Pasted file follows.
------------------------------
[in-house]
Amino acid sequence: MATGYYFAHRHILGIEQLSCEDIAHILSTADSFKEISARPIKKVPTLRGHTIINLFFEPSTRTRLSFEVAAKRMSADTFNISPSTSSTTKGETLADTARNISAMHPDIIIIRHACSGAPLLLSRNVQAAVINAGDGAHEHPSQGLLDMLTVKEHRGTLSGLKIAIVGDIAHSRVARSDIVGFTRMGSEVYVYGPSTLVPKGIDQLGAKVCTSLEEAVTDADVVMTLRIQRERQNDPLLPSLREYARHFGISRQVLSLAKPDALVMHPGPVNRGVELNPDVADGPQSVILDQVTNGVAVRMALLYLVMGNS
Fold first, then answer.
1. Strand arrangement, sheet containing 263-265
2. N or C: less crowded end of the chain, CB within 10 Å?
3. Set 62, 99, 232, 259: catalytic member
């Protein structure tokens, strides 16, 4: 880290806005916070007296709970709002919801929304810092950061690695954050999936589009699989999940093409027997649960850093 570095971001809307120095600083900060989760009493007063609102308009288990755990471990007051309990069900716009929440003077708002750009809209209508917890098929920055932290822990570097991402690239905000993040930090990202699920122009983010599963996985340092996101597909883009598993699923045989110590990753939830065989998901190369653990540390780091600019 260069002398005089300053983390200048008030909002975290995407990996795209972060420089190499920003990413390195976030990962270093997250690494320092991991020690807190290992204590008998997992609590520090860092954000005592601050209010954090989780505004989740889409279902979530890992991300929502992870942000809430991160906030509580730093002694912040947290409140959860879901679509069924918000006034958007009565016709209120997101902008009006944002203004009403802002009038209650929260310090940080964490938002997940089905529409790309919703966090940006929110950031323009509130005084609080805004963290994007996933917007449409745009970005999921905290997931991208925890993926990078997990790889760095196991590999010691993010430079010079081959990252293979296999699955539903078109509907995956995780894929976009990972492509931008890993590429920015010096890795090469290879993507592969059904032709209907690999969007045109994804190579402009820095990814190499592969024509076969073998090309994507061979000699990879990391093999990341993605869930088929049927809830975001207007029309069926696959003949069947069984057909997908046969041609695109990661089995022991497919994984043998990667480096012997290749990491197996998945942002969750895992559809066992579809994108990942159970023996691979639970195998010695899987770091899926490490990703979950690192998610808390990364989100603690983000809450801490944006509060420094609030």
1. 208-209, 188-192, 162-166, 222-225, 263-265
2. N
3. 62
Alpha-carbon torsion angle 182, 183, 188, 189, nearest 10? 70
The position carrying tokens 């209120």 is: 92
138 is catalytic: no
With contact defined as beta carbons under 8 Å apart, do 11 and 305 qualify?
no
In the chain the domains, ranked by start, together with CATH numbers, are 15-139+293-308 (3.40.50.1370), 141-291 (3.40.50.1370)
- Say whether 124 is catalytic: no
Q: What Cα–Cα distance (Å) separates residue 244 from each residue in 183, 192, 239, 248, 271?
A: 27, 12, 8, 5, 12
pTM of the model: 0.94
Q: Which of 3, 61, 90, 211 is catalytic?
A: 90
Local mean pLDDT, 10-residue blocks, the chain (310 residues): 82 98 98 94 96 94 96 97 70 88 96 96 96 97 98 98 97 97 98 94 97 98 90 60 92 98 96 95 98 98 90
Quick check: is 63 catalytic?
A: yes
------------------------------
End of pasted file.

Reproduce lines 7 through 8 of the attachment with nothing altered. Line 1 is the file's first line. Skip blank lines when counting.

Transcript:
């Protein structure tokens, strides 16, 4: 880290806005916070007296709970709002919801929304810092950061690695954050999936589009699989999940093409027997649960850093 570095971001809307120095600083900060989760009493007063609102308009288990755990471990007051309990069900716009929440003077708002750009809209209508917890098929920055932290822990570097991402690239905000993040930090990202699920122009983010599963996985340092996101597909883009598993699923045989110590990753939830065989998901190369653990540390780091600019 260069002398005089300053983390200048008030909002975290995407990996795209972060420089190499920003990413390195976030990962270093997250690494320092991991020690807190290992204590008998997992609590520090860092954000005592601050209010954090989780505004989740889409279902979530890992991300929502992870942000809430991160906030509580730093002694912040947290409140959860879901679509069924918000006034958007009565016709209120997101902008009006944002203004009403802002009038209650929260310090940080964490938002997940089905529409790309919703966090940006929110950031323009509130005084609080805004963290994007996933917007449409745009970005999921905290997931991208925890993926990078997990790889760095196991590999010691993010430079010079081959990252293979296999699955539903078109509907995956995780894929976009990972492509931008890993590429920015010096890795090469290879993507592969059904032709209907690999969007045109994804190579402009820095990814190499592969024509076969073998090309994507061979000699990879990391093999990341993605869930088929049927809830975001207007029309069926696959003949069947069984057909997908046969041609695109990661089995022991497919994984043998990667480096012997290749990491197996998945942002969750895992559809066992579809994108990942159970023996691979639970195998010695899987770091899926490490990703979950690192998610808390990364989100603690983000809450801490944006509060420094609030």
1. 208-209, 188-192, 162-166, 222-225, 263-265